Multidisciplinary approach for standardized care and control of opioid administration for pain management patients

Document Type

Conference Proceeding

Publication Date


Publication Title

Clinical Chemistry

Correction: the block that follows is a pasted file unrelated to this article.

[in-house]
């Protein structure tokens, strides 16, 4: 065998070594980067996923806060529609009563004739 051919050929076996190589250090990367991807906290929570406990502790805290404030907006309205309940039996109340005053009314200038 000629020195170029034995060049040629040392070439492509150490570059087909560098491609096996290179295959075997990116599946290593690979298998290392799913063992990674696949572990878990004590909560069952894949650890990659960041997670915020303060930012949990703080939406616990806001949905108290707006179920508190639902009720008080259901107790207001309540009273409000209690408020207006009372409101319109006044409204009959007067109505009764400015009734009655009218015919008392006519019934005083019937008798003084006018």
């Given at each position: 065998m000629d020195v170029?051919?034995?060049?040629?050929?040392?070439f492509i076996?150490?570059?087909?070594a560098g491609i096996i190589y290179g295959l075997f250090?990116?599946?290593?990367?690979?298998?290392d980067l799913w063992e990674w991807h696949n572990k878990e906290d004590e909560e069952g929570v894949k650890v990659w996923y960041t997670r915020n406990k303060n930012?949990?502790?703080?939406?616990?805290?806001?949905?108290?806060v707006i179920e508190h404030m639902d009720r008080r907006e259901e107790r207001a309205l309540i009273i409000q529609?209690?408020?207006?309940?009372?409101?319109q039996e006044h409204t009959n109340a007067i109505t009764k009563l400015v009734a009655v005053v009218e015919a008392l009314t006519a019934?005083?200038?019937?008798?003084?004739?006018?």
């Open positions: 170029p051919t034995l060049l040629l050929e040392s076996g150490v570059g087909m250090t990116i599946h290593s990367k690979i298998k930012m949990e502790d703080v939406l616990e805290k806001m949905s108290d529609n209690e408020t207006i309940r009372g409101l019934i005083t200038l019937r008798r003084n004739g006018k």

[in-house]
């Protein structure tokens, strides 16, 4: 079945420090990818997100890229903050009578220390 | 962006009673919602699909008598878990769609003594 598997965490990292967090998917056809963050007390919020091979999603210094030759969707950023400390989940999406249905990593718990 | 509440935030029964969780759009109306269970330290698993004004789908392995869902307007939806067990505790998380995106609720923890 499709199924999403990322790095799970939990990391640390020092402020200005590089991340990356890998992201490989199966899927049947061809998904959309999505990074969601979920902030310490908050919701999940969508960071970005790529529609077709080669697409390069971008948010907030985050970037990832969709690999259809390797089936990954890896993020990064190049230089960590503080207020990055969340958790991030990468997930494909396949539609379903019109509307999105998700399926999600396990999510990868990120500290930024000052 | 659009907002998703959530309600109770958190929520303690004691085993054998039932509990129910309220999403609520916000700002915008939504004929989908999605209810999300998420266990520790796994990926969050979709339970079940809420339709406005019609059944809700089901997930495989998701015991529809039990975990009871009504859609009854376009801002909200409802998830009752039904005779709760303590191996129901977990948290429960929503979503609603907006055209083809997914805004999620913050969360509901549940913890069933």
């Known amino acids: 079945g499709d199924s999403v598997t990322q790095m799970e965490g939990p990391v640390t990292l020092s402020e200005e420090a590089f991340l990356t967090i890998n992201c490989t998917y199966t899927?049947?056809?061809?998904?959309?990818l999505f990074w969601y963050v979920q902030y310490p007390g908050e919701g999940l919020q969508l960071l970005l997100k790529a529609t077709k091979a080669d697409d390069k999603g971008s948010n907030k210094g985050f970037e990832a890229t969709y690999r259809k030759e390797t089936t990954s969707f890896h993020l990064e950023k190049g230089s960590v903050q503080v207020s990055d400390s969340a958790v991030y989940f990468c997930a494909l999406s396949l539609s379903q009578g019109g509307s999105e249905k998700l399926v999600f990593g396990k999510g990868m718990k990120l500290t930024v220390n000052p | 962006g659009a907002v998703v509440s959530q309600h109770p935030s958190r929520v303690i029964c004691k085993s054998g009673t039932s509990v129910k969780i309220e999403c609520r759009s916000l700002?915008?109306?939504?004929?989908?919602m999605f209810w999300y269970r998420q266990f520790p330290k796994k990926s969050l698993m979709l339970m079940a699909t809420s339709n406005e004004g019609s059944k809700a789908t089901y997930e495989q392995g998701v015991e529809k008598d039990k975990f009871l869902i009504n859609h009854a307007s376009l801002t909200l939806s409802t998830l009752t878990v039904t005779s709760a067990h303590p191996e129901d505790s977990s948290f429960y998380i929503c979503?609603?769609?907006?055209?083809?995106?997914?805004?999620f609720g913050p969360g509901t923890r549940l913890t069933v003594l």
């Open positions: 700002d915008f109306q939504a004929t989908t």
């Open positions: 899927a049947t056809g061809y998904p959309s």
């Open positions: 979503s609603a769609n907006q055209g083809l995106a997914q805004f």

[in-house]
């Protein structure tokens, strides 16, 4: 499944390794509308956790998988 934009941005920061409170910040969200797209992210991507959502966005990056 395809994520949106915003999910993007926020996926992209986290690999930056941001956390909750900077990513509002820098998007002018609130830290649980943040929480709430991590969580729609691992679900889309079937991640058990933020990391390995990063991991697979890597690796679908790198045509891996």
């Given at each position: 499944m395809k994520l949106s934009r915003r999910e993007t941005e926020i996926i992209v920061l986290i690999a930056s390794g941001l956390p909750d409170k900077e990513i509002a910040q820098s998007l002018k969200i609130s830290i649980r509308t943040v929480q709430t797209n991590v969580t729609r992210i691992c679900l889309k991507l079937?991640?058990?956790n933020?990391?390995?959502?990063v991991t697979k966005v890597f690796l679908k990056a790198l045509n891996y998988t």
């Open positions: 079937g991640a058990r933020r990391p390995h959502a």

Objective: A multidisciplinary team (Anesthesiology, Behavior Health, Family Practice, Internal Medicine, Pathology, Psychiatry) developed a patient-centered approach to manage chronic noncancer patients in order to minimize the risk of opioid abuse, diversion, and addiction. A clear and concise guide was created for ordering and interpreting pain management drugs to help providers better manage cases and serve patients safely and effectively. Relevance: Abuse and addiction to opioid analgesics has become a major patient safety risk in the United States and has worsened over the past few years. According to the Michigan Department of Health and Human Services, in 1999 only 22%of the state's drug overdose deaths were attributed to opioids and heroin abuse. Recently, it was reported as up to 67 percent. Methodology: We developed a primary care policy to ensure providers and patients consider the safest and most effective treatment for non-cancer, non-palliative, chronic pain patients. Incorporated into the standard work of medical assistants was a screen for opioid risk of abuse, diversion, and overdose every 12 months. Patients that violate the medication management agreement are flagged with a banner on the medical information system splash page. A chronic pain registry was developed to track patients on the chronic pain syndrome problem list. Patients on the registry trigger health maintenance components, drug screens every 12 months, an automated prescription systems program every 12 months, pain and wellness score every 6 months, and pain treatment contract renewal. A dashboard was created to track providers' use of the pain registry and individual providers are coached for use of the registry. Pathology implemented a new directed chronic pain panel, where a negative opiates screen (and negative cocaine screen) will reflex to a confirmatory opiates (GCMS) order. A drug screen ordering tip sheet was developed to guide screen (qualitative) and confirmation (quantitative) ordering practices. Validation: In a survey of primary care providers, 92% requested a streamlined process for prescribing opioids for patients who actually need them. The extent to which providers enrolled their patients into the pain registry was monitored. To examine the effectiveness of the physician education component of our program, we assessed whether narcotics ordering volumes changed. Provider ordering practices were examined before and after focused education regarding proper drug screening and confirmatory strategies. Results and Conclusions: Of the 5927 patients being cared for chronic pain during the study period, enrollment by the provider to the registry increased from an average of 22% (median 16%) to 36% (33%). Patient enrollment varied widely by clinic site, from 0% to 73% of their patients. The program resulted in more appropriate test ordering by providers, with 56.9% before program initiation and nearly complete compliance afterward. Correct screening panel ordering increased from 75.7 to 237.9 per month and opiates confirmation testing increased from 11.4 to 19.8 per month. Patients managed by pain clinics has remained relatively constant, while prescriptions for narcotics decreased 4.3% year over year. A standardized approach has been instituted to better manage chronic noncancer patients on opioid drugs.



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